His And Hers Politics

A recent Quinnipiac poll found that Obama has an 18-point lead among female voters. Pamela Haag tracks the history of the gender gap as "an artifact of post-Roe politics": 

In the early 1900s suffragettes predicted that granting women the vote would transform American electoral politics, but voting patterns before the 1970s didn’t actually reveal women’s footprint as a distinct voting bloc. Men and women had fairly similar voting patterns. The gender gap didn’t register in the Carter-Ford contest of 1976, either, in which Carter got 50 percent of the votes of both men and women.

But in 1980, a relatively modest “gender gap” emerged (the Rutgers Center for American Women and Politics has a useful summary of the historical trends). A victorious Ronald Reagan got 46% of the women’s vote, but 54% of the men’s vote, for an 8-point gender gap in his support. He had a slightly smaller, 6-point gap in his 1984 re-election.

It's zig-zagged since then:

It dipped as low as a 4-point advantage in the 1992 election, when President Clinton got 45% of the women’s vote to 41% of the men’s vote, and reached its heretofore widest point in Clinton’s 1996 re-election, where he won 54% of women compared to 43% of men, for an 11-point difference. From 1996 on, however, the gender gap had actually been closing somewhat. It was smaller in the Bush-Gore contest (10 points), smaller still with Bush-Kerry (7 points), and remained at 7 points in the 2008 Obama-McCain campaign.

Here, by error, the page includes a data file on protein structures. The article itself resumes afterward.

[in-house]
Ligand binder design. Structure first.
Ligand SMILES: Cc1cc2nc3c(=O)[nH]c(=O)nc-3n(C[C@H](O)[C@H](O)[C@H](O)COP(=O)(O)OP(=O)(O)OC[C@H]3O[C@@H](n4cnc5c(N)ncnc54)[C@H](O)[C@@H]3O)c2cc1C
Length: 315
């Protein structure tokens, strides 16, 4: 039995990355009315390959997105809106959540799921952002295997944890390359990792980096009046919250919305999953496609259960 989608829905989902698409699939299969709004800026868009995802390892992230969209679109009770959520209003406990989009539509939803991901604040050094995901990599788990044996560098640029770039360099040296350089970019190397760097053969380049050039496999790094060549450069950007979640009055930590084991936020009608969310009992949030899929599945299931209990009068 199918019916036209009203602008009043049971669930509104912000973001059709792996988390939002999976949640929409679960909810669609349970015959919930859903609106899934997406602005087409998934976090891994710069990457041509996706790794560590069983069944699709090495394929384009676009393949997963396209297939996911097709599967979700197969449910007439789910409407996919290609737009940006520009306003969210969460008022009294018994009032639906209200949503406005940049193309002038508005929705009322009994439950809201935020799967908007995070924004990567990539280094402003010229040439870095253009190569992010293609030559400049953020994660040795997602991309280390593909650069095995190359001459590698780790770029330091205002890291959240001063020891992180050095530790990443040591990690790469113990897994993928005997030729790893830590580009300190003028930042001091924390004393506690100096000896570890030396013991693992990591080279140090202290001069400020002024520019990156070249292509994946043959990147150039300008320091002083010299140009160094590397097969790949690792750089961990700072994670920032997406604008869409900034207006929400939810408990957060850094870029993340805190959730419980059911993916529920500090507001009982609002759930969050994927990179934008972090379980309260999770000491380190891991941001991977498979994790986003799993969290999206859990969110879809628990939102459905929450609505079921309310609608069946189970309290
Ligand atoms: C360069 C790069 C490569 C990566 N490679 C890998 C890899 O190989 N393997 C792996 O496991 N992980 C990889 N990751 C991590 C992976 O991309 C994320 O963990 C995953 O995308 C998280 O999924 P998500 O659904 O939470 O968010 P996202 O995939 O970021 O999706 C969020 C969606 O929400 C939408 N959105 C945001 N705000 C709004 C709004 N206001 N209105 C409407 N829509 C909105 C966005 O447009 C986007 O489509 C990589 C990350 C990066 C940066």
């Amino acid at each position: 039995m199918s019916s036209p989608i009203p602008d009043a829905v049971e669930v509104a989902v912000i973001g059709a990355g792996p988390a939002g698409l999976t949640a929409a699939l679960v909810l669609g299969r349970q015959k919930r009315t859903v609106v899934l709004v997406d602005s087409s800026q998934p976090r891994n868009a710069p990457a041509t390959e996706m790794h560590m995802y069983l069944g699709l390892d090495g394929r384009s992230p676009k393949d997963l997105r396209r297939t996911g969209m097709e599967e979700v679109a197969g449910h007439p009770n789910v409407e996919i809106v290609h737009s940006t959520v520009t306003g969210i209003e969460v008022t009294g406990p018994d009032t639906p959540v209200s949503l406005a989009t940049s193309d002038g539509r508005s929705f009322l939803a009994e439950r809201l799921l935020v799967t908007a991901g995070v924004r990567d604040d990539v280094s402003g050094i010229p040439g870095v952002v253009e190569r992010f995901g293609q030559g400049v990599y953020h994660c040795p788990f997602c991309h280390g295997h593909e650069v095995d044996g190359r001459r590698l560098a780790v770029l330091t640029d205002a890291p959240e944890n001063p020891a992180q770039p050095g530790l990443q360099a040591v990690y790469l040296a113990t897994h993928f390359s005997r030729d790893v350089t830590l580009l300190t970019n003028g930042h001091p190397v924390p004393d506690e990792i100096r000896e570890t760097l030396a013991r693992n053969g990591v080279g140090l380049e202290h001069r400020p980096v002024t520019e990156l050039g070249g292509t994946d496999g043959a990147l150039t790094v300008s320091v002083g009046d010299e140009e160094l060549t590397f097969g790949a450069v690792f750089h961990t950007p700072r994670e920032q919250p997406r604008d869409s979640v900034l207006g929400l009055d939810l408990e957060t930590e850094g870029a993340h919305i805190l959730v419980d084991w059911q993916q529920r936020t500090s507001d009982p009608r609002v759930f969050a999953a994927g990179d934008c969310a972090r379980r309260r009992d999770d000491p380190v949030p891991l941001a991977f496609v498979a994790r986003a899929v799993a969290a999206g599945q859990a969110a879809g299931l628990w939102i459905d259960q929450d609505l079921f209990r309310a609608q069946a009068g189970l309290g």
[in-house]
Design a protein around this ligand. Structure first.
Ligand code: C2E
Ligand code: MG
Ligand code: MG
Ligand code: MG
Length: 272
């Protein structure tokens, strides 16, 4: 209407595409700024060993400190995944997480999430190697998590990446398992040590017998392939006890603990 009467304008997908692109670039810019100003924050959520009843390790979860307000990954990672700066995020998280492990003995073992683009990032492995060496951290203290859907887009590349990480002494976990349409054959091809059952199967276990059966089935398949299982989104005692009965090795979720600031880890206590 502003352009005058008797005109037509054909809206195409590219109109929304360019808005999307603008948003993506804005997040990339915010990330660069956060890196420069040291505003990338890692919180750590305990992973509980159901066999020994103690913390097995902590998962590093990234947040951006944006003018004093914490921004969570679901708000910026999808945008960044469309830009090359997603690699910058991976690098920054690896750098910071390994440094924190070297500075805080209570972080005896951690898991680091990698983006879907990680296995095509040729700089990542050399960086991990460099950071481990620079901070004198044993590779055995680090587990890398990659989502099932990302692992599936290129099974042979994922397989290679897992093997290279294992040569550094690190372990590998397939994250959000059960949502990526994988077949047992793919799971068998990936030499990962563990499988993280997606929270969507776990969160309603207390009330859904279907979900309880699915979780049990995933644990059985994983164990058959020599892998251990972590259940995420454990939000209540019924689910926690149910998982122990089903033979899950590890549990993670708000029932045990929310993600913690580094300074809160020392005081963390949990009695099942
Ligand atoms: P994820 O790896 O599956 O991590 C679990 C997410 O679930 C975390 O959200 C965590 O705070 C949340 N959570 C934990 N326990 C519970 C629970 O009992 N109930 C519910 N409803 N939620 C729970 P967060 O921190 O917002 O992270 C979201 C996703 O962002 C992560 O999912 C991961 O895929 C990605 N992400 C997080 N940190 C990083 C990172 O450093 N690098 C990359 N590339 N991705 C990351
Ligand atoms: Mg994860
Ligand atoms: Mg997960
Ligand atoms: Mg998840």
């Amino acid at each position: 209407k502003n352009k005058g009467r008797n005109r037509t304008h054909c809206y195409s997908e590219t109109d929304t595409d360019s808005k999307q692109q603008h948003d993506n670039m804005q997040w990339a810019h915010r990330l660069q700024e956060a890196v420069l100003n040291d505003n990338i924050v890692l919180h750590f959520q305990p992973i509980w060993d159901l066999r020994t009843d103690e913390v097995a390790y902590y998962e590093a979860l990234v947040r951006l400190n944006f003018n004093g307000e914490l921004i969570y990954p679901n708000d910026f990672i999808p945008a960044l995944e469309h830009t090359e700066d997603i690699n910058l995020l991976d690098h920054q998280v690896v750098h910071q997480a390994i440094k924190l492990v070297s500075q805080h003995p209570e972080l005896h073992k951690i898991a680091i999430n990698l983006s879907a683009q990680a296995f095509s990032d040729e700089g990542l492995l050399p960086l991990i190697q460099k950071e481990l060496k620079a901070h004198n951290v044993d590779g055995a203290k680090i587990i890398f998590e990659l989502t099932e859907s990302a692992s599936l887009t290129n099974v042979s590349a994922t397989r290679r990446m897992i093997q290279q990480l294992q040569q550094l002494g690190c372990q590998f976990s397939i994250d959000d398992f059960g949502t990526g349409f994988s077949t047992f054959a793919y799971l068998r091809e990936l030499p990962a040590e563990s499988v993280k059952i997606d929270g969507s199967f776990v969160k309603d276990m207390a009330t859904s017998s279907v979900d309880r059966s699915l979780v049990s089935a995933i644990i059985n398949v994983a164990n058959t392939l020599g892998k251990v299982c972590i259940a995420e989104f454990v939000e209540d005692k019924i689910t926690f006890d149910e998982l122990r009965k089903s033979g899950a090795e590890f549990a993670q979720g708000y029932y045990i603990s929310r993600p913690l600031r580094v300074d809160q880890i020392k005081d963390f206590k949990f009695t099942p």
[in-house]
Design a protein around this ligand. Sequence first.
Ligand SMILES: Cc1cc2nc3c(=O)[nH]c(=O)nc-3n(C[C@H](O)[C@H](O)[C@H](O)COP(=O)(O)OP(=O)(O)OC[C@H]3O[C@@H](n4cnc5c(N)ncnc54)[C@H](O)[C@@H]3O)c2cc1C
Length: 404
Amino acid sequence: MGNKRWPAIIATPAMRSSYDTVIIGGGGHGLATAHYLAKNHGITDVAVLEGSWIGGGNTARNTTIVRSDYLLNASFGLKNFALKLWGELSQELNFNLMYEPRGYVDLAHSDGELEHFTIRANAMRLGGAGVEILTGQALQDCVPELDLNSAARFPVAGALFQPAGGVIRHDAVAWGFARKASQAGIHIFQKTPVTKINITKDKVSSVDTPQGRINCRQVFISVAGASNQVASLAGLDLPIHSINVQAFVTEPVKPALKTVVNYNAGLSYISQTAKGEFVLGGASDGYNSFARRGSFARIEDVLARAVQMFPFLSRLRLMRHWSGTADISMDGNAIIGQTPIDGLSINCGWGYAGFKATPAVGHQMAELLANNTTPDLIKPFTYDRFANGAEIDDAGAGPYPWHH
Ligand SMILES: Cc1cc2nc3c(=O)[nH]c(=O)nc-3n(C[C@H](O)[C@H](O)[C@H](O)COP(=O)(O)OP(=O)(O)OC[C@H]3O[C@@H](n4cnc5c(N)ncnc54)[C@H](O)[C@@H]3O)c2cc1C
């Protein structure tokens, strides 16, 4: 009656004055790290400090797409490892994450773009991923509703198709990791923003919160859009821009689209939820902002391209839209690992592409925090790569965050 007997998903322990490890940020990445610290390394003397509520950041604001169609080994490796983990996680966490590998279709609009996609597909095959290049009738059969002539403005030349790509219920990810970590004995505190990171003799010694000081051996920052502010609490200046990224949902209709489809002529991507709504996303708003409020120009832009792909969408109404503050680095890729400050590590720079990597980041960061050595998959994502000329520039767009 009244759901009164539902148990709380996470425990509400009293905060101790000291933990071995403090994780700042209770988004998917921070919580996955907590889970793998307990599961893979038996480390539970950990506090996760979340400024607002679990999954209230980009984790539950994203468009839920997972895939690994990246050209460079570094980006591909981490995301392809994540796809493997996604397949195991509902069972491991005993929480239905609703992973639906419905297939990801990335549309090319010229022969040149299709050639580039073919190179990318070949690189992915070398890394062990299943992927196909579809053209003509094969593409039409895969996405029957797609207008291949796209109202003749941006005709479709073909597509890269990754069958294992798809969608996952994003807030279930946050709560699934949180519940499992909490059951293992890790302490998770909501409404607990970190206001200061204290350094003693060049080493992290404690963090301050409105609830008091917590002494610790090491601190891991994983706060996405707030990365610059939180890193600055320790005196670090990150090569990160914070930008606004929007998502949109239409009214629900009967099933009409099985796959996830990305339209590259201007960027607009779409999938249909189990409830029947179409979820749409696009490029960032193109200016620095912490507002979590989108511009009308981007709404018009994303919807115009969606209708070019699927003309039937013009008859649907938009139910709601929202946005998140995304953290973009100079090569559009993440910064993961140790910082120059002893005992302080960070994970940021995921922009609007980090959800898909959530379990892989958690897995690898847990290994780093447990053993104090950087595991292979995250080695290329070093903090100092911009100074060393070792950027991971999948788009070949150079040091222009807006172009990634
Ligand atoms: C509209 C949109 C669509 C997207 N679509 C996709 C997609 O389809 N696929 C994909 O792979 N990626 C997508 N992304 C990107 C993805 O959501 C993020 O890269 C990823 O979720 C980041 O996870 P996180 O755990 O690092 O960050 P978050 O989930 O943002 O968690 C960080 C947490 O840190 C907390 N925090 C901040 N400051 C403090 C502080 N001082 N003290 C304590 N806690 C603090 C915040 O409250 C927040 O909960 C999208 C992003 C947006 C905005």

That context makes Romney’s stunning deficit among women in this campaign all the more notable.

M.D. at Democracy in America argues that the oft-cited trend of women migrating leftward misses something crucial:

[A] look at the trend in party identification among women and men indicates that the source of the gender gap is more likely the movement, beginning as early as 1964, of men toward the Republican Party. During this same period, women generally stuck with the Dems.

The reason for the shift:

According to political scientists, the primary influence seems to be their different attitudes toward social-welfare spending … but the difference grew more noticeable when the role of “big government” and rising budget deficits became an increasingly important wedge issue. Reining in government growth was central to Reagan’s 1980 campaign, and the desire to limit taxes and spending has continued to be a salient theme among Republican candidates. Democrats, meanwhile, have consistently sought to portray themselves as protectors of the social safety net.

That said, the GOP appears to have the losing side of the gender gap given that the proportion of women voting tends to be higher than that of men, DiA notes. An earlier look at the gender voting gap here.